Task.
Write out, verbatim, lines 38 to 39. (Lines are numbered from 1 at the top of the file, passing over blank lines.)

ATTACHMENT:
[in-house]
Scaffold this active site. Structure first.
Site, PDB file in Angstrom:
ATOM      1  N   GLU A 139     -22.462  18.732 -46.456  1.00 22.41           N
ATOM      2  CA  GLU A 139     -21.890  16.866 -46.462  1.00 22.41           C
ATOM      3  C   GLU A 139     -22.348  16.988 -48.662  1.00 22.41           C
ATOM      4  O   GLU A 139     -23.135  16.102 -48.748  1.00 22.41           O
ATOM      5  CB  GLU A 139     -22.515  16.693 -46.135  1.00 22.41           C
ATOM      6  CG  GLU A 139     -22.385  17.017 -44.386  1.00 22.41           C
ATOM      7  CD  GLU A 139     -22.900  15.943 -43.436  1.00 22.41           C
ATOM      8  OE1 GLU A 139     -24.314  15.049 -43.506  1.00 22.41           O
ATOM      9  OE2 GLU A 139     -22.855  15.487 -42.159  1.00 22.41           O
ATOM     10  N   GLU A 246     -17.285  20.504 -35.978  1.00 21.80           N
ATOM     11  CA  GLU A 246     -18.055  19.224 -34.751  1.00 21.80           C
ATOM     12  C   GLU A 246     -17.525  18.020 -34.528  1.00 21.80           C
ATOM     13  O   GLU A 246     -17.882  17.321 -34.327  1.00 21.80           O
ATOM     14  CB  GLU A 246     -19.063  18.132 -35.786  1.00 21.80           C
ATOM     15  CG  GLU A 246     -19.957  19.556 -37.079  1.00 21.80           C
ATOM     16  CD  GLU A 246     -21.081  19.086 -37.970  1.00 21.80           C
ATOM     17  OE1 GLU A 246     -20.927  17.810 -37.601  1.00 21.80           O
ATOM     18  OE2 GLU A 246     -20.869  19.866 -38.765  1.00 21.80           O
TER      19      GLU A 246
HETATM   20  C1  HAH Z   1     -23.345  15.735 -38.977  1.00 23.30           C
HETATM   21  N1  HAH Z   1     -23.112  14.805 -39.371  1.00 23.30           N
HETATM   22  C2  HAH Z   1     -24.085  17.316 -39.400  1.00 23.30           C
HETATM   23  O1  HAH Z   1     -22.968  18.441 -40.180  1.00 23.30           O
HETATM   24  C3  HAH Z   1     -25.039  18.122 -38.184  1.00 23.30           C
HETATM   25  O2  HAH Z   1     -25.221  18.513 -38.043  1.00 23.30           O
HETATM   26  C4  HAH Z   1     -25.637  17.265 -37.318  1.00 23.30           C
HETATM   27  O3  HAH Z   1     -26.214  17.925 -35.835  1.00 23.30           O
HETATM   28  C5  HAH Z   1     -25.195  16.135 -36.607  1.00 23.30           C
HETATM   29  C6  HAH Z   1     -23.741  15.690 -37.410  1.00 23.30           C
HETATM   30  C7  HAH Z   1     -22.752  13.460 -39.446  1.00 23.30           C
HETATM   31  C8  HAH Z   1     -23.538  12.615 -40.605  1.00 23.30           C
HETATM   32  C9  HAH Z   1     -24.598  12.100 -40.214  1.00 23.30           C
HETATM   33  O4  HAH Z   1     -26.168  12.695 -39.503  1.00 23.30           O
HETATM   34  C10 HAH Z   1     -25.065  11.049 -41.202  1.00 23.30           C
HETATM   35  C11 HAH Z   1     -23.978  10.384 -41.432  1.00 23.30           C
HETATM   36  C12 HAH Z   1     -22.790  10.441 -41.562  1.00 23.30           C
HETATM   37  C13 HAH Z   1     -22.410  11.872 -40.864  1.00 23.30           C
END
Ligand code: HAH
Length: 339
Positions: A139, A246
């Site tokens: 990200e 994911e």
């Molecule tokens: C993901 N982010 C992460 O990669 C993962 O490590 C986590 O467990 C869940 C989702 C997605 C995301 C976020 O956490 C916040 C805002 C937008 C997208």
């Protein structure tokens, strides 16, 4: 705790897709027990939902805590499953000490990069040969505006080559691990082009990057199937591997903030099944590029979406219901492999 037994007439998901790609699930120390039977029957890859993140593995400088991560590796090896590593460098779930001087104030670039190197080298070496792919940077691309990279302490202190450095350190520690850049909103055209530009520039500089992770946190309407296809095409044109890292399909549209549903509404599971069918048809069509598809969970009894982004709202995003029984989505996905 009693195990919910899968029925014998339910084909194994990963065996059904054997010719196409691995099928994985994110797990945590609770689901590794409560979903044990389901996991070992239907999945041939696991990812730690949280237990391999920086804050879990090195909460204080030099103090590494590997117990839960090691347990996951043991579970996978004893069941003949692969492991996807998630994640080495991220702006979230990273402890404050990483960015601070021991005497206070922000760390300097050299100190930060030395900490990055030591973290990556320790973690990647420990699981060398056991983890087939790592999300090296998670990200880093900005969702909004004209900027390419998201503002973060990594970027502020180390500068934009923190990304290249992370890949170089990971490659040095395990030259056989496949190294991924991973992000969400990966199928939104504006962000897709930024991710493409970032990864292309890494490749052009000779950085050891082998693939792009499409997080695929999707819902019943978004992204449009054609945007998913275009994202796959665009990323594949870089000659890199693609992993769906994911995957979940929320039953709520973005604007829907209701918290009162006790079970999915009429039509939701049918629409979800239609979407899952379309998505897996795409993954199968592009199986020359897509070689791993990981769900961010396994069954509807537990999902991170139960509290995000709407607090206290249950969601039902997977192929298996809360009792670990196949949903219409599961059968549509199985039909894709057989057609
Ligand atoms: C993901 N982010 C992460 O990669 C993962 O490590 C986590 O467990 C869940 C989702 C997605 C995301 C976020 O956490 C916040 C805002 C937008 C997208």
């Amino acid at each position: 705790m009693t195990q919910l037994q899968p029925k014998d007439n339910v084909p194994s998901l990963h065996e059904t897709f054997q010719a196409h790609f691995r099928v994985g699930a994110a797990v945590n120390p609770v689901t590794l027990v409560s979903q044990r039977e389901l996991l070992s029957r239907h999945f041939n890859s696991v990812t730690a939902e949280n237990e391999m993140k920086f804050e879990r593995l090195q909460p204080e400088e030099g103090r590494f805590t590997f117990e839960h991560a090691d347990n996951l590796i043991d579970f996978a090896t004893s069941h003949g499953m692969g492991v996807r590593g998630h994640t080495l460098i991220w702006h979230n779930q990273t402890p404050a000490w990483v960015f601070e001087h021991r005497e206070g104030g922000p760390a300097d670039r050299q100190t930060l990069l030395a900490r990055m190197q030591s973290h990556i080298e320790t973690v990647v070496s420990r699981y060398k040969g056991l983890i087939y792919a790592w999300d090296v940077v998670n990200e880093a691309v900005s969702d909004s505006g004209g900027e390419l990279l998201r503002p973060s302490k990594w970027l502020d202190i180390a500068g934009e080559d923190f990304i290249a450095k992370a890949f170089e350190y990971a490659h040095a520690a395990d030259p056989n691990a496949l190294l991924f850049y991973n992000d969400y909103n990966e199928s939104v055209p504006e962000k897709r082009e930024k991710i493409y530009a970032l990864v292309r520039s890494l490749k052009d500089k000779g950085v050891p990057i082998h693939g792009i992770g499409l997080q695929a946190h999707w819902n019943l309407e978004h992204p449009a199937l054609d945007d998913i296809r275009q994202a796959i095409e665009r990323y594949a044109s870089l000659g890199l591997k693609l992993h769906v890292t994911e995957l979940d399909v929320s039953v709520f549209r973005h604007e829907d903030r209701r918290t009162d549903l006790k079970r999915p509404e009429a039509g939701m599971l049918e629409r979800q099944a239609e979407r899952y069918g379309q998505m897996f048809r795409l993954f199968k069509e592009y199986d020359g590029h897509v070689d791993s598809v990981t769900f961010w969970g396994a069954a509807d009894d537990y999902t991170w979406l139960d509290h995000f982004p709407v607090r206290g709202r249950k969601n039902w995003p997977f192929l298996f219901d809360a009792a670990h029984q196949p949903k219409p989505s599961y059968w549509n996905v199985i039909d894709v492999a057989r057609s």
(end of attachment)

HETATM   35  C11 HAH Z   1     -23.978  10.384 -41.432  1.00 23.30           C
HETATM   36  C12 HAH Z   1     -22.790  10.441 -41.562  1.00 23.30           C